loading page

AGU Poster
  • Andrew Barton
Andrew Barton

Corresponding Author:[email protected]

Author Profile


www.PosterPresentations.co m The American Southwest is experiencing increased aridity and wildfire incidence, triggering conversion of some frequent-fire forests to non-forest. These dynamics are well-established in ponderosa pine forests, but we know far less about Madrean pine-oak forests in the Sky Islands of Mexico and USA. We have documented scarce pine regeneration and vigorous post-fire oak resprouting in these forests over 27 yrs. We investigated pine regeneration patterns in long-term plots during severe drought, 10 yrs after the Horseshoe 2 Megafire in the Chiricahua Mountains, AZ-a follow-up to a 5-yr assessment. Our goals were to (1) document changes in pine regeneration and (2) develop remote-sensing tools to identify pine refugia across landscapes. For (2), we tested whether two remotely-sensed predictors-Landsat NDVI & ECOSTRESS evapotranspiration-provided predictive power beyond indices of fire severity and topographic moisture. INTRODUCTION The reliability of projections and restoration under intensifying drought and wildfire depends on a fine-grained understanding of refugia for at-risk tree populations. Fire Severity: Landsat differenced Normalized Burn Ratio (dNBR; 30-m resolution): • NBR = (NIR-SWIR) / (NIR + SWIR), dNBR = Pre-fire NBR-Post-fire NBR Topography: • elevation • topo relative moisture index (TRMI) = aspect + position + % slope + surface shape Landsat Normalized Difference Vegetation Index (NDVI; 30-m resolution): • vegetation greenness: NDVI = (NIR-R) / (NIR+ R) ECOSTRESS evapotranspiration (70-m resolution): • land surface temperature + other inputs à Priestly-Taylor algorithm à ET • Conversion of pine-oak forest to oak shrublands continued 6-10 yrs post-fire. Few pine recruits were found in a matrix of dense, oak sprouts, especially after severe fire (FIG 1) • Fewer large pine seedlings in 2021 (a dry season of record aridity) than 2016 • P. leiophylla post-fire resprouts continue to survive and, unlike seedlings, are beginning to overtop the oak resprout canopy (FIG 2) CONCLUSIONS • Nearly three decades of conversion of pine-oak forest to oak shrublands after high-severity wildfire. • Post-fire resprouting, unusual in pines, may be a lifeline for P. leiophylla. • Remotely-sensed Landsat NDVI, combined with topography and fire severity, do a good job of predicting the locations of pine refugia. • ECOSTRESS ET does not help, likely due to larger, less stationary pixels than NDVI • Field data and models suggest P. engelmannii is more drought sensitive and at risk to climate change and wildfires than P. leiophylla. REFERENCES ACKNOWLEDGEMENTS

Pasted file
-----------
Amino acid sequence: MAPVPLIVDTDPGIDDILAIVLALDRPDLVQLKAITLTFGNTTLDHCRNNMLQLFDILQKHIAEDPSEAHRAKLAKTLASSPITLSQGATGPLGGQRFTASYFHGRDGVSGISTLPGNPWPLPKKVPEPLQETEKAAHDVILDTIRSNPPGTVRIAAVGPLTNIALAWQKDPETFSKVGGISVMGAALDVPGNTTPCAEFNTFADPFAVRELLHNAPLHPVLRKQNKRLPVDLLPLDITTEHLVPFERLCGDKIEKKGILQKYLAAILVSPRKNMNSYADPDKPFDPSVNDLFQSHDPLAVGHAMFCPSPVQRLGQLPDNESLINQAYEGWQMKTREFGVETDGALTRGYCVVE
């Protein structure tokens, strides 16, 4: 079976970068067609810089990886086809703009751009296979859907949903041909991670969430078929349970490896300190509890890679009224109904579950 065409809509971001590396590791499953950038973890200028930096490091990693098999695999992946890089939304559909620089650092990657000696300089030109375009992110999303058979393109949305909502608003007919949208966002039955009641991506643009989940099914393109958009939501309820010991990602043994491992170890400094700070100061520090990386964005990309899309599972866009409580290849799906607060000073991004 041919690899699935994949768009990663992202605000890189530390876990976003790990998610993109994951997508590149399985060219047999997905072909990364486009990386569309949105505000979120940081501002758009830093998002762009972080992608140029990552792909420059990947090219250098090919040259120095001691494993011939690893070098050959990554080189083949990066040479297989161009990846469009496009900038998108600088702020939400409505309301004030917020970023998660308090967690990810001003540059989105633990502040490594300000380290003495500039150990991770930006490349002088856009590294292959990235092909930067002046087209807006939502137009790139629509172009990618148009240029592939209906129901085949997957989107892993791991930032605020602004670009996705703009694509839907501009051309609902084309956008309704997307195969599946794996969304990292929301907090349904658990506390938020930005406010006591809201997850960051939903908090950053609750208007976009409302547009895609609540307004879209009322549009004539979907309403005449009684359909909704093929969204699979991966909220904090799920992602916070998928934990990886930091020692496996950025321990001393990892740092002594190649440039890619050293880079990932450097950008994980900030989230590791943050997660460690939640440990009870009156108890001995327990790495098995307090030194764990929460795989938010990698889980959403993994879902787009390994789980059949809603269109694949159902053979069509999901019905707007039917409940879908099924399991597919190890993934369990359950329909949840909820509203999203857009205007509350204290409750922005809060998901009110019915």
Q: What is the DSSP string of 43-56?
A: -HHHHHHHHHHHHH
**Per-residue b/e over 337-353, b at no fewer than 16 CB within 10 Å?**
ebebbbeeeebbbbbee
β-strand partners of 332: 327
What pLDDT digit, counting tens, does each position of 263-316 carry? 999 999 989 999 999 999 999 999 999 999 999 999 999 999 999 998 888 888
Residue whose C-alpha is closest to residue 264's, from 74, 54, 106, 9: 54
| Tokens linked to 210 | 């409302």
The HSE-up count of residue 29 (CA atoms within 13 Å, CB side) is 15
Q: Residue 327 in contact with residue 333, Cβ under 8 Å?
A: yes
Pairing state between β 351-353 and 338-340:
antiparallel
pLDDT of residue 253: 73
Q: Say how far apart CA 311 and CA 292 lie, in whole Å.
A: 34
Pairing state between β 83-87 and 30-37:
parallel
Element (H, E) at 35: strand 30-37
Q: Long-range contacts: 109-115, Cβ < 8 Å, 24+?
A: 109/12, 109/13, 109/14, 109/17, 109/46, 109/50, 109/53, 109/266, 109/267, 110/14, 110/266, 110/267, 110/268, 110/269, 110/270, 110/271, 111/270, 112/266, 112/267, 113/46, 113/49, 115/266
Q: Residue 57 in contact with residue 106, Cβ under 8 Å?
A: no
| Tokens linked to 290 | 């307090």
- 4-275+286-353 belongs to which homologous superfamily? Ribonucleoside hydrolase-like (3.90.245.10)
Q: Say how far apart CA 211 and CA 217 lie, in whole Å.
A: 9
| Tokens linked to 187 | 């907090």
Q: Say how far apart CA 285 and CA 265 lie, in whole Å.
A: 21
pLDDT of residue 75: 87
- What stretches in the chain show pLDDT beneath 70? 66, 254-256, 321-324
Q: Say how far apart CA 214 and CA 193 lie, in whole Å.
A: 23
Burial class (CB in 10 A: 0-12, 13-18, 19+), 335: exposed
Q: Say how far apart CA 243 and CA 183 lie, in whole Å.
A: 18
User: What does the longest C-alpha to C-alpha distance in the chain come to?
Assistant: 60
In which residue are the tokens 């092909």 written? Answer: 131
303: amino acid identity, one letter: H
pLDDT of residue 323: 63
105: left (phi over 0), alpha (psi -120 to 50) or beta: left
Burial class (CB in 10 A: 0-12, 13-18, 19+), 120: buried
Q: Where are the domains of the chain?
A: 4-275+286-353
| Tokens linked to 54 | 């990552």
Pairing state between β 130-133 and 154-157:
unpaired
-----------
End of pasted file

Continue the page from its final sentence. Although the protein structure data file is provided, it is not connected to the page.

16 Dec 2023Submitted to ESS Open Archive
18 Dec 2023Published in ESS Open Archive